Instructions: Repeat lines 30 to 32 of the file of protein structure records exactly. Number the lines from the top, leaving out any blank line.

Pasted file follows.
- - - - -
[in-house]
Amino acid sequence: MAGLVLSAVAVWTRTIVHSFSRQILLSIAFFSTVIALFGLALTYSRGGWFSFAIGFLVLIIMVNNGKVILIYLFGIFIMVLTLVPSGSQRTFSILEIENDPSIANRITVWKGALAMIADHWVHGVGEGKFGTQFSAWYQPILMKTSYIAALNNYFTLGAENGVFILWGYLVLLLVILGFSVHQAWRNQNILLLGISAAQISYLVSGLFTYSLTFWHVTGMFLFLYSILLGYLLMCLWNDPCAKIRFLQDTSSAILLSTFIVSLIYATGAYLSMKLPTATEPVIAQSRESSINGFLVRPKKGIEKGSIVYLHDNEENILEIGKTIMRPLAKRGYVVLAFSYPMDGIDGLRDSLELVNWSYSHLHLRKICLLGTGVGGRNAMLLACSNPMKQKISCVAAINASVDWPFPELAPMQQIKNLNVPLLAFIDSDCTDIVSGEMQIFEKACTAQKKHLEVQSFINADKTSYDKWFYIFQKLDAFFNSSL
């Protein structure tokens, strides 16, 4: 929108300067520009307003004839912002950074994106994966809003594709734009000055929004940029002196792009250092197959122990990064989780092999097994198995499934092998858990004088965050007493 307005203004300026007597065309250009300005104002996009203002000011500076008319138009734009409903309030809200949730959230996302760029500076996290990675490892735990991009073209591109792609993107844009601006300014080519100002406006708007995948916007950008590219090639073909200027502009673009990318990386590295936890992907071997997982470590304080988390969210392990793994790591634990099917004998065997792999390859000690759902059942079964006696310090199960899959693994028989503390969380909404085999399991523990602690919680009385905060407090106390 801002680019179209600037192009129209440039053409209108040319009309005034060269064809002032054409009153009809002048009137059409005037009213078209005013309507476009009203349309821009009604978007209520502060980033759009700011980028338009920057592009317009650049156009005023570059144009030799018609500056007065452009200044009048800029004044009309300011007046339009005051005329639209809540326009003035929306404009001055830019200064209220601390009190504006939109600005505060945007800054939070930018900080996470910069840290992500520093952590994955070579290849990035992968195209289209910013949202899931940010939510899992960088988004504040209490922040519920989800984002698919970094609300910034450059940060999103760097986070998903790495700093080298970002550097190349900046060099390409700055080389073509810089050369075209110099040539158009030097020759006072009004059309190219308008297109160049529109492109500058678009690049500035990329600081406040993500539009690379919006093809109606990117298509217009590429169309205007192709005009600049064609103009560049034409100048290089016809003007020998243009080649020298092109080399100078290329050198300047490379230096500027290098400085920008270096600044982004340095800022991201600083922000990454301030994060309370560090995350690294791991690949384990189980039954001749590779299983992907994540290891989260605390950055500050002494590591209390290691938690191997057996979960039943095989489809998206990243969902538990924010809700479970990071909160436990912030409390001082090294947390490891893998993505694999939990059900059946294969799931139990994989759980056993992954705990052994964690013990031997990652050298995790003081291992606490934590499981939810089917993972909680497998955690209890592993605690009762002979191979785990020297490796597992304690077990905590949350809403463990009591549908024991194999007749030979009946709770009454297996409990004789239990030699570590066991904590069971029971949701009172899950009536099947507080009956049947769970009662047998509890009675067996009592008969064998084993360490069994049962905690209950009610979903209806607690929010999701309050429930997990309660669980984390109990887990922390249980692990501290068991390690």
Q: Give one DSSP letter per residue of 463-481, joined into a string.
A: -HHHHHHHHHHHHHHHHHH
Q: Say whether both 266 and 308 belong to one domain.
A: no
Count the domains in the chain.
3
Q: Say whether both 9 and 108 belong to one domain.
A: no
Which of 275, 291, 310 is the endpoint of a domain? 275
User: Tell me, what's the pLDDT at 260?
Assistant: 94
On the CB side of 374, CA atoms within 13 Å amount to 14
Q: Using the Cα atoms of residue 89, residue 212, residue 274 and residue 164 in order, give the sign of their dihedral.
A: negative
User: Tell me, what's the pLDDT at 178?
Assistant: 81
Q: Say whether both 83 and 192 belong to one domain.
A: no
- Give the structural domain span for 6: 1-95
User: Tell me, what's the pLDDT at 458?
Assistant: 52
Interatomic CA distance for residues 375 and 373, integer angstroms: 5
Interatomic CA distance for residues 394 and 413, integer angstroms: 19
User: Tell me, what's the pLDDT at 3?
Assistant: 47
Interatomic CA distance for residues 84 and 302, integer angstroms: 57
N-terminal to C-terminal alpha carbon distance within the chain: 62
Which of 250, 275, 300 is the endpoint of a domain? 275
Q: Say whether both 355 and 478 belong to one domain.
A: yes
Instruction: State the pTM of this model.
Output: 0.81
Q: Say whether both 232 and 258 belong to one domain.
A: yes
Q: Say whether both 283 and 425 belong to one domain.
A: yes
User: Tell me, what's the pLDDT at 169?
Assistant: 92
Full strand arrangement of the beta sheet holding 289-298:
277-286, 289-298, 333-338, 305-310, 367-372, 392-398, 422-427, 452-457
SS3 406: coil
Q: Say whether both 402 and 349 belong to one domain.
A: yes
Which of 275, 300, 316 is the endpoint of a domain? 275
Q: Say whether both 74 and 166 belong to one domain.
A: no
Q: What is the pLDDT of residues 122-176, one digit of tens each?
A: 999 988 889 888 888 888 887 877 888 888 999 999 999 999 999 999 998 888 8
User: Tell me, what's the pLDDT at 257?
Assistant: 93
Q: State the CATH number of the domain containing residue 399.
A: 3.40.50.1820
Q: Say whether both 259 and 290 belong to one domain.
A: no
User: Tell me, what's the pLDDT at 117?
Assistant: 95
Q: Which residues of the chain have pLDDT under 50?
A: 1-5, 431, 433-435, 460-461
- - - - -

N-terminal to C-terminal alpha carbon distance within the chain: 62
Which of 250, 275, 300 is the endpoint of a domain? 275
Q: Say whether both 355 and 478 belong to one domain.